Northrop Grumman EW System Could Be Installed On About 450 F-16s If Successful

The Air Force has chosen Northrop Grumman over L3 Harris to develop a Next Generation Electronic Warfare suite for the F-16 which, if development succeeds, could equip as many as 450 Vipers under a program potentially worth $2.5 billion, Northrop and service officials said Jan. 11.

The development contract, worth about $250 million, was actually awarded in November 2020, but the announcement was held until the start of calendar 2021. Because development is not yet complete, there’s been no decision made about whether it will be fielded, and for the same reason, the NGEW has not yet been assigned a nomenclature.

The system will defend F-16s from “radio frequency-guided weapons”—radar-guided missiles—by detecting, identifying, and defeating RF threats in an “increasingly contested environment,” the company said in a press release. It will offer advanced countermeasures and “also has proven pulse-to-pulse operability with the F-16’s newly-acquired AN/APG-83 Scalable Agile Beam Radar,” or SABR, also built by Northrop, the company said.

It’s “a fully integrated EW suite—a jammer plus Radar Warning Receiver built into the aircraft—that can meet the challenge of detecting and countering complex threat emitters,” an Air Force official said. If successfully developed and fielded, it will replace “an analog version of a legacy RWR and several legacy jammers,” he said. The system is more comparable to the Eagle Passive Active Warning and Survivability System (EPAWSS) for the F-15 than a specific jamming pod like the ALQ-131, he said.

The NGEW is being developed as a Section 804 rapid-acquisition program—using congressionally granted “other transaction authorities”—in response to a 2017 study by the Office of the Secretary of Defense identifying a need for better EW capabilities for the F-16. In 2018, the F-16 System Program Office “led a market research effort that resulted in the selection of two vendors (from five) for competitive prototyping,” a service official said. These were Northrop and L3H. A competitive prototyping program began in September 2019, and Northrop won that competition in November.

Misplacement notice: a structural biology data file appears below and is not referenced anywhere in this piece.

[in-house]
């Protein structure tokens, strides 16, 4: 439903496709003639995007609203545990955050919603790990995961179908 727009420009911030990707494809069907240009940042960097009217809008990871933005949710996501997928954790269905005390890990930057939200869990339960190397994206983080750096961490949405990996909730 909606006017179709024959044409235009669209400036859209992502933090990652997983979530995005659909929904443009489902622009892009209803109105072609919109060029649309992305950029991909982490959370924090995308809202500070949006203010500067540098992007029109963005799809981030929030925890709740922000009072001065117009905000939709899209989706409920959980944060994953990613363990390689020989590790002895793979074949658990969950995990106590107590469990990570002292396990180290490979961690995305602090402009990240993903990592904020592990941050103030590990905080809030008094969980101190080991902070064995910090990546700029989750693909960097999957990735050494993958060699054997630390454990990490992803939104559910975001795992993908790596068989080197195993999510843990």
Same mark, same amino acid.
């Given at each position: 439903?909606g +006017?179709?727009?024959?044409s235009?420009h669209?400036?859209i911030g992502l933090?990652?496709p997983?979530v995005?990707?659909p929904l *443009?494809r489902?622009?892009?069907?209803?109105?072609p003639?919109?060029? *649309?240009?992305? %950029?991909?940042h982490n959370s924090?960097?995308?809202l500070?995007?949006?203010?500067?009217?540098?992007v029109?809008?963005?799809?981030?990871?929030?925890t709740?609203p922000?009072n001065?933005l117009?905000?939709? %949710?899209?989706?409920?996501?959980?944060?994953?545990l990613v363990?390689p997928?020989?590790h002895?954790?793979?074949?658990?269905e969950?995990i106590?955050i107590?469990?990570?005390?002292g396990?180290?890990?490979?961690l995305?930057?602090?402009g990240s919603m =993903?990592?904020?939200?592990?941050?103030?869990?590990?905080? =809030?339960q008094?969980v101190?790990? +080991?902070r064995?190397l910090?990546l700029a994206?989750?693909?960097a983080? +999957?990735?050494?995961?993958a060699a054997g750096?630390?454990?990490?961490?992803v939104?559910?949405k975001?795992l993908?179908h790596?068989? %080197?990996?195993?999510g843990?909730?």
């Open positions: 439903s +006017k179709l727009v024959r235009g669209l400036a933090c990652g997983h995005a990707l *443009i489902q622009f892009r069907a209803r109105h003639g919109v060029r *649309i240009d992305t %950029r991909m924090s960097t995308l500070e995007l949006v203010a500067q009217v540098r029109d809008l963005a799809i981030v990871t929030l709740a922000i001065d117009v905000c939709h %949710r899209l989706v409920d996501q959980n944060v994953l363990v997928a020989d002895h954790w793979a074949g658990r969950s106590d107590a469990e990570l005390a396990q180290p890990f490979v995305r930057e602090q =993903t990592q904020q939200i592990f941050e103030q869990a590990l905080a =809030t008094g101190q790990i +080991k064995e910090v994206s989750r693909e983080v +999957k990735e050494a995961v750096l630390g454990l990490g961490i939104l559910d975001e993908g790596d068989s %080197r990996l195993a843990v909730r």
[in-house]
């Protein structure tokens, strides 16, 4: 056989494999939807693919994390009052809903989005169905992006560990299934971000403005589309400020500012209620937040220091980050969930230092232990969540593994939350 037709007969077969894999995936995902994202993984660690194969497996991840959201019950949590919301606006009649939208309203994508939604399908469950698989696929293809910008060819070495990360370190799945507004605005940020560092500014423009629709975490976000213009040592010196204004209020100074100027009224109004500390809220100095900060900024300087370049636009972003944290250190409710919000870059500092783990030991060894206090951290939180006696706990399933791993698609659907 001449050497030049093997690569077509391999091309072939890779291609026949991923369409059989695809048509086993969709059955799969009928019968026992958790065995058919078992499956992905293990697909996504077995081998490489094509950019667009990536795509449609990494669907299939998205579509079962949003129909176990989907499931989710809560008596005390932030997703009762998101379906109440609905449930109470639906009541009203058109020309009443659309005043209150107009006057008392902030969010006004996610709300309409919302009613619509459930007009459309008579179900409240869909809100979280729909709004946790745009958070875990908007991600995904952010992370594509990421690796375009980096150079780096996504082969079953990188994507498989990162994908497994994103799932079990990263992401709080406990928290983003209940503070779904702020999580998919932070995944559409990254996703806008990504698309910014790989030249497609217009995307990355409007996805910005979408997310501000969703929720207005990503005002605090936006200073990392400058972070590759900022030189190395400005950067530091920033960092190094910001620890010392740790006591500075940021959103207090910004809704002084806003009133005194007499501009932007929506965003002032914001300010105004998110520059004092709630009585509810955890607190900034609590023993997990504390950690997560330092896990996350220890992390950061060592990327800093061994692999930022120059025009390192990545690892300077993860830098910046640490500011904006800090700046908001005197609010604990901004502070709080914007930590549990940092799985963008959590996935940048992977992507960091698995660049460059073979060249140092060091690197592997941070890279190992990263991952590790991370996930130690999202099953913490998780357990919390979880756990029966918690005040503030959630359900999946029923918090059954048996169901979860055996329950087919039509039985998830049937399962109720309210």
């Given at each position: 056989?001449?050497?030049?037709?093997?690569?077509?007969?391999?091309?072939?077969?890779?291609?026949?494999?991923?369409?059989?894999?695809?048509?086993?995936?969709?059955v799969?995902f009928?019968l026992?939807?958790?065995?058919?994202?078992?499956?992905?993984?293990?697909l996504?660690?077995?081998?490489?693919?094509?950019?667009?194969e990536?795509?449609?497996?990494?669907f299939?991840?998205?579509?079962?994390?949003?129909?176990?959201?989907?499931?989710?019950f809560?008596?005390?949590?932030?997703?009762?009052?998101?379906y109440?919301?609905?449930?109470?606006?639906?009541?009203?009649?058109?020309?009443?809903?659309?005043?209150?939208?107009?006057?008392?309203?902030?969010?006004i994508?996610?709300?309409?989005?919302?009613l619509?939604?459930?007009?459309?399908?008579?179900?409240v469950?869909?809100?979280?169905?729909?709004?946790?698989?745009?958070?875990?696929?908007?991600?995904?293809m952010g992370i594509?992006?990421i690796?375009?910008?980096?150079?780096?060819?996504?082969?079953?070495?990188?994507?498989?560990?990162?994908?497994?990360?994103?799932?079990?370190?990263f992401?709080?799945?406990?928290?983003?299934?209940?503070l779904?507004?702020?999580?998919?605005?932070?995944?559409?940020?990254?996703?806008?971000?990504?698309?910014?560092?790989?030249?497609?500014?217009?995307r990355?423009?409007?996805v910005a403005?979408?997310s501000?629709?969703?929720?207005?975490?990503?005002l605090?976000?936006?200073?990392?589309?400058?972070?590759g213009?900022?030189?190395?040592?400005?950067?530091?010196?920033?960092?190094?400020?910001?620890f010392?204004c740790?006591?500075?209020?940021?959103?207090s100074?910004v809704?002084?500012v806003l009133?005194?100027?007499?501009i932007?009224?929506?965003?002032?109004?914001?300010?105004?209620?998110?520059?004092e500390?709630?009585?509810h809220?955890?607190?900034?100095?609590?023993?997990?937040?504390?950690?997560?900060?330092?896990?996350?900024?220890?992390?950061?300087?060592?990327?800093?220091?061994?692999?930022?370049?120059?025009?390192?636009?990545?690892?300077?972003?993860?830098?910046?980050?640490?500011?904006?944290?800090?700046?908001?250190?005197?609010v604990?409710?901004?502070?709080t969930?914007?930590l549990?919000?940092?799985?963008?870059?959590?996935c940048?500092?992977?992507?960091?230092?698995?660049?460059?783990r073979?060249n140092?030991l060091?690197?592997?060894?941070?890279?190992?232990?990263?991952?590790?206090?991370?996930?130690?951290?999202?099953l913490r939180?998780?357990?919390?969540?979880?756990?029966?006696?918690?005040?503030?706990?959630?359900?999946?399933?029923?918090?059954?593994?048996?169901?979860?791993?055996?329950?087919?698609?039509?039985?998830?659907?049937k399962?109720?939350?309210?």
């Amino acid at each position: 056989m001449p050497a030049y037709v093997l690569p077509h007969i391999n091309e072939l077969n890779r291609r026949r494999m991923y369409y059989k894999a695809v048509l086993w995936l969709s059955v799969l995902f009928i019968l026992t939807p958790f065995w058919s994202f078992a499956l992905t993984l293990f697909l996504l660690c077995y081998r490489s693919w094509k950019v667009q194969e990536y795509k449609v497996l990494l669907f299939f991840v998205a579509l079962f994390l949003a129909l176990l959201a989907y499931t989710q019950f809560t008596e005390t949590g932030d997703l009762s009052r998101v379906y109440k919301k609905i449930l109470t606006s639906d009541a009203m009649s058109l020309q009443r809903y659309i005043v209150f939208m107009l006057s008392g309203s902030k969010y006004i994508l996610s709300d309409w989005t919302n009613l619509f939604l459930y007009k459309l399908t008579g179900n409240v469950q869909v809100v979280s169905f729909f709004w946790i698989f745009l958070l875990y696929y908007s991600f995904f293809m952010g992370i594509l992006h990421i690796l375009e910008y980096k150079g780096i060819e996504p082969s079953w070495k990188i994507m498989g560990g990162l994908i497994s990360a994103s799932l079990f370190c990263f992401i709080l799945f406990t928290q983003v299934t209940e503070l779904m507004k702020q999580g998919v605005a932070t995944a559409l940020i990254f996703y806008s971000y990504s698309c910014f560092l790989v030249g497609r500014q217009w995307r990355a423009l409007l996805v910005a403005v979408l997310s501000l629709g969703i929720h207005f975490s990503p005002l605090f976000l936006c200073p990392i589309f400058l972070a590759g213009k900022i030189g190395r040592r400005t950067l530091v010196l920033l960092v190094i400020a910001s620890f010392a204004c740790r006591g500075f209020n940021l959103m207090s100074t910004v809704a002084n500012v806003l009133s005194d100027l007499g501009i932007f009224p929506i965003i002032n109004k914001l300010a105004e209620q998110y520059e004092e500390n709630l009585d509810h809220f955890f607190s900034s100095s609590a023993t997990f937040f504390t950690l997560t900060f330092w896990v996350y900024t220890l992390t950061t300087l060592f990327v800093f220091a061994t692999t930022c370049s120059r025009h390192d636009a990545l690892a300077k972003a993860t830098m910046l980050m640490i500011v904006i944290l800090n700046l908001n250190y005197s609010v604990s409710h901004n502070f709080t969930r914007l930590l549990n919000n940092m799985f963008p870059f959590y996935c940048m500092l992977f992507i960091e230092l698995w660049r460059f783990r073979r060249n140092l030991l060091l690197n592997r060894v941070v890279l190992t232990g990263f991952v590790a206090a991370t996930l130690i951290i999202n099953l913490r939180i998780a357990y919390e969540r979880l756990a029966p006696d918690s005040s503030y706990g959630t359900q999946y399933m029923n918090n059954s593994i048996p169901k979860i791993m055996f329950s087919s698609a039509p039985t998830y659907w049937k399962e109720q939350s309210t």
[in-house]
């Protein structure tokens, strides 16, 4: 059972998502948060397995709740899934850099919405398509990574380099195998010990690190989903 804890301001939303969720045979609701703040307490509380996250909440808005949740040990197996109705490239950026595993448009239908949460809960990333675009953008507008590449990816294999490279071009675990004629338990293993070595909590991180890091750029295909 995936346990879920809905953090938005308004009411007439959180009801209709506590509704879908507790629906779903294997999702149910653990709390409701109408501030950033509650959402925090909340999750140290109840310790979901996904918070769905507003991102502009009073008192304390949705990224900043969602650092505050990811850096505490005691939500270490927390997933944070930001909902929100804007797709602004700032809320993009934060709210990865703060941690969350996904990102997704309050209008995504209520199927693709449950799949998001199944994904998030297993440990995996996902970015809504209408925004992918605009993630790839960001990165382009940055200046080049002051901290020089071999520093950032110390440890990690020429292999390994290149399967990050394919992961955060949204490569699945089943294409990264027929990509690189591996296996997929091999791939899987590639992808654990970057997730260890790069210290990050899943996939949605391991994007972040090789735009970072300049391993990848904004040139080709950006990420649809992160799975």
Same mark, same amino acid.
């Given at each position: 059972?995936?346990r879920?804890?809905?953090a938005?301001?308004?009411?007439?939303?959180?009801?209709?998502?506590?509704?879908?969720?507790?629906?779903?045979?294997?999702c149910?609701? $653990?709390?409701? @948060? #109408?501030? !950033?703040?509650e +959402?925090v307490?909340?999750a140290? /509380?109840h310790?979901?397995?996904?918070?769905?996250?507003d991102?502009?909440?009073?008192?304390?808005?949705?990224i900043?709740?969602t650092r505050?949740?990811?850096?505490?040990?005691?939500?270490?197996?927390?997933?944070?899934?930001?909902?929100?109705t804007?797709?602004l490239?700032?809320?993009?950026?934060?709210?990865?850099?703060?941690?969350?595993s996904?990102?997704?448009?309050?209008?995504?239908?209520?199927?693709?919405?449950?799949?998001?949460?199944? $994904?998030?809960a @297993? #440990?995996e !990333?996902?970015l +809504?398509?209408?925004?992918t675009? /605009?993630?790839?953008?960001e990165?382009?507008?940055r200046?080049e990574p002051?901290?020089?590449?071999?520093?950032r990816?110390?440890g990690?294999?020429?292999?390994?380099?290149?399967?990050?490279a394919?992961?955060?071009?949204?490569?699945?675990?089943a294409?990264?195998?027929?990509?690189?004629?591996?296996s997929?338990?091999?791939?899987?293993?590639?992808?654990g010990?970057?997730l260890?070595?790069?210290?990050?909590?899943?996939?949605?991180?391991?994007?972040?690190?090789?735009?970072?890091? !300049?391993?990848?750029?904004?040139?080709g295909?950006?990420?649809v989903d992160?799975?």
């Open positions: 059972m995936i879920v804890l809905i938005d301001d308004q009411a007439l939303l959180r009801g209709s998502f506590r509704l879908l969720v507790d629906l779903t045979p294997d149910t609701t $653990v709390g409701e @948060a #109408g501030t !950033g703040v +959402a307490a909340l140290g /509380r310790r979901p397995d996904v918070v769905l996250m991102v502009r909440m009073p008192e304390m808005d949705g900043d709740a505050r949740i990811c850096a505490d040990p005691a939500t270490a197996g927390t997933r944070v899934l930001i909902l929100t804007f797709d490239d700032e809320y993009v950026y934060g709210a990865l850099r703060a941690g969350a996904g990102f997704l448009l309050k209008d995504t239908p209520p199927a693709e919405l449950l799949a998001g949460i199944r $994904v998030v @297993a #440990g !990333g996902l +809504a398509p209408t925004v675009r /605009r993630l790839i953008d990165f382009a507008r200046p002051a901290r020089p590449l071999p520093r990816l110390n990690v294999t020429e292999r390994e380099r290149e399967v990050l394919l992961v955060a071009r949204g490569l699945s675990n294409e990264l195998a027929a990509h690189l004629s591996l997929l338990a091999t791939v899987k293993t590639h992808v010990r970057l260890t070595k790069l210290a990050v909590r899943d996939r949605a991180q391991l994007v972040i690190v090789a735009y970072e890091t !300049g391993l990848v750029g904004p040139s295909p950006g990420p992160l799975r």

The system is “being developed for the U.S. F-16 fleet but is leveraging some new technology from other U.S. programs,” the company said. Some of it derives from the ALQ-251 used on the Air Force AC/MC-130J fleet flown by Special Operations Command, and “shares some common technology” with the AN/APR-39 radar warning receiver. The system is a “scalable capability” and could be exported either as a pod or an internal system, a Northrop spokesman said.

If further development and flight test proves successful, an Air Force official said the system could begin fielding circa 2024, adding that it’s “too early” to discuss the rate of installs or when they might be completed.

The work will be done at Northrop’s Rolling Meadows, Ill., facilities and will “leverage other partners both inside and outside” the company. Northrop will “continue to team with non-traditional defense contractors for the execution” of the project, the company said in a press release.

“This system draws on the best of our experience from multiple programs to create an effective and affordable solution to keep the Viper relevant throughout its service life,” said Ryan Tintner, Northrop VP for navigation, targeting and survivability. The EW suite will leverage “an open systems, ultra-wideband architecture for providing greater instantaneous bandwidth needed to defeat modern threats.” The NGEW is part of a “mature product line of electronic warfare capabilities that can be adapted to protect virtually any platform or mission requirement.”